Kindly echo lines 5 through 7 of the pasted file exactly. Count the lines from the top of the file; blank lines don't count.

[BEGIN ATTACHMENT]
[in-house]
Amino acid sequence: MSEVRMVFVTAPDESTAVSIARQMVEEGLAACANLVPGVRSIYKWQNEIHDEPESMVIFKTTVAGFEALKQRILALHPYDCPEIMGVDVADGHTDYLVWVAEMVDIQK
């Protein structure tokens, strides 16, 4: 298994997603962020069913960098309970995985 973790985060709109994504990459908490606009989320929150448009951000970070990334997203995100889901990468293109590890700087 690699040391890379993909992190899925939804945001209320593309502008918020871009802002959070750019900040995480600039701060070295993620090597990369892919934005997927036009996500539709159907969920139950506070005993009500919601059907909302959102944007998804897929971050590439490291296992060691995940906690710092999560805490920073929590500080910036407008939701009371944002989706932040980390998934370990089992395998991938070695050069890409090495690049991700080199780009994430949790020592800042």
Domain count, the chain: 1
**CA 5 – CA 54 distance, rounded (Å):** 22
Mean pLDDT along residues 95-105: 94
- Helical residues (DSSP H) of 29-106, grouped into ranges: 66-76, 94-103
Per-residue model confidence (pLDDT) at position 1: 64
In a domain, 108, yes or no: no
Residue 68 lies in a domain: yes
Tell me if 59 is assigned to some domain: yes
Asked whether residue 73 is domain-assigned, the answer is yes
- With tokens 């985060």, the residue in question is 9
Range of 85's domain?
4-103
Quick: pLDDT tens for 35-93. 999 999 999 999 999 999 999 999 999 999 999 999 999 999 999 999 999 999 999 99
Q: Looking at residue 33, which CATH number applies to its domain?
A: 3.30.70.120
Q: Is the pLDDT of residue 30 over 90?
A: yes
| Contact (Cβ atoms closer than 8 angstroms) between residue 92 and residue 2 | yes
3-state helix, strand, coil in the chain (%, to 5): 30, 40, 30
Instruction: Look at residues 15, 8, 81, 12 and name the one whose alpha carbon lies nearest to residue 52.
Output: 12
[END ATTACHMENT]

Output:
**CA 5 – CA 54 distance, rounded (Å):** 22
Mean pLDDT along residues 95-105: 94
- Helical residues (DSSP H) of 29-106, grouped into ranges: 66-76, 94-103